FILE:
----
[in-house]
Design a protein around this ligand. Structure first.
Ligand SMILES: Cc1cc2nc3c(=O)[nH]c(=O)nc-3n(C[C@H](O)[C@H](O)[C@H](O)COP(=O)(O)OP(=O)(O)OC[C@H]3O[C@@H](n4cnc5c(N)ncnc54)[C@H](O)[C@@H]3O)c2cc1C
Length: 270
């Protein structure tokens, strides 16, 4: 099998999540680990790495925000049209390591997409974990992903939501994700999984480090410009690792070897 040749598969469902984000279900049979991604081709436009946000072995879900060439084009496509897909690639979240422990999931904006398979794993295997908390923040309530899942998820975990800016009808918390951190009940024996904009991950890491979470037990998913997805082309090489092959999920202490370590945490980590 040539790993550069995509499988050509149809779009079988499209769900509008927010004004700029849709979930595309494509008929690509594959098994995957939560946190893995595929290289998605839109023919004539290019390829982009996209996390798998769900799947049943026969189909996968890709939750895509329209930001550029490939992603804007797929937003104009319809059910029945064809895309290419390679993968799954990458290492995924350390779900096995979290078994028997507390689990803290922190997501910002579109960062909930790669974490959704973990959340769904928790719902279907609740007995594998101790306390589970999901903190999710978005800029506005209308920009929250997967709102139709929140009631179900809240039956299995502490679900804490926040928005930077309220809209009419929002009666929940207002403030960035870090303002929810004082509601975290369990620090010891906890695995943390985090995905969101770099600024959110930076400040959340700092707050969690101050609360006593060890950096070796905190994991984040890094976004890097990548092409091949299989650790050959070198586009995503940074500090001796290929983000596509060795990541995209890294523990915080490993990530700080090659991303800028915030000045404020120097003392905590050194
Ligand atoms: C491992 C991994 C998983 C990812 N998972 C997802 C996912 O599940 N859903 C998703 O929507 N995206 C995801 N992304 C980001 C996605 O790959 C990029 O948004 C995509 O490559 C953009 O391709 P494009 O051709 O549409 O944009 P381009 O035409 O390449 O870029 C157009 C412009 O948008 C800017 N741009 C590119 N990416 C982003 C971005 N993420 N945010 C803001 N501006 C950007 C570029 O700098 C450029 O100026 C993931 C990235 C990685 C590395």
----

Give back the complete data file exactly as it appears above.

[in-house]
Design a protein around this ligand. Structure first.
Ligand SMILES: Cc1cc2nc3c(=O)[nH]c(=O)nc-3n(C[C@H](O)[C@H](O)[C@H](O)COP(=O)(O)OP(=O)(O)OC[C@H]3O[C@@H](n4cnc5c(N)ncnc54)[C@H](O)[C@@H]3O)c2cc1C
Length: 270
């Protein structure tokens, strides 16, 4: 099998999540680990790495925000049209390591997409974990992903939501994700999984480090410009690792070897 040749598969469902984000279900049979991604081709436009946000072995879900060439084009496509897909690639979240422990999931904006398979794993295997908390923040309530899942998820975990800016009808918390951190009940024996904009991950890491979470037990998913997805082309090489092959999920202490370590945490980590 040539790993550069995509499988050509149809779009079988499209769900509008927010004004700029849709979930595309494509008929690509594959098994995957939560946190893995595929290289998605839109023919004539290019390829982009996209996390798998769900799947049943026969189909996968890709939750895509329209930001550029490939992603804007797929937003104009319809059910029945064809895309290419390679993968799954990458290492995924350390779900096995979290078994028997507390689990803290922190997501910002579109960062909930790669974490959704973990959340769904928790719902279907609740007995594998101790306390589970999901903190999710978005800029506005209308920009929250997967709102139709929140009631179900809240039956299995502490679900804490926040928005930077309220809209009419929002009666929940207002403030960035870090303002929810004082509601975290369990620090010891906890695995943390985090995905969101770099600024959110930076400040959340700092707050969690101050609360006593060890950096070796905190994991984040890094976004890097990548092409091949299989650790050959070198586009995503940074500090001796290929983000596509060795990541995209890294523990915080490993990530700080090659991303800028915030000045404020120097003392905590050194
Ligand atoms: C491992 C991994 C998983 C990812 N998972 C997802 C996912 O599940 N859903 C998703 O929507 N995206 C995801 N992304 C980001 C996605 O790959 C990029 O948004 C995509 O490559 C953009 O391709 P494009 O051709 O549409 O944009 P381009 O035409 O390449 O870029 C157009 C412009 O948008 C800017 N741009 C590119 N990416 C982003 C971005 N993420 N945010 C803001 N501006 C950007 C570029 O700098 C450029 O100026 C993931 C990235 C990685 C590395």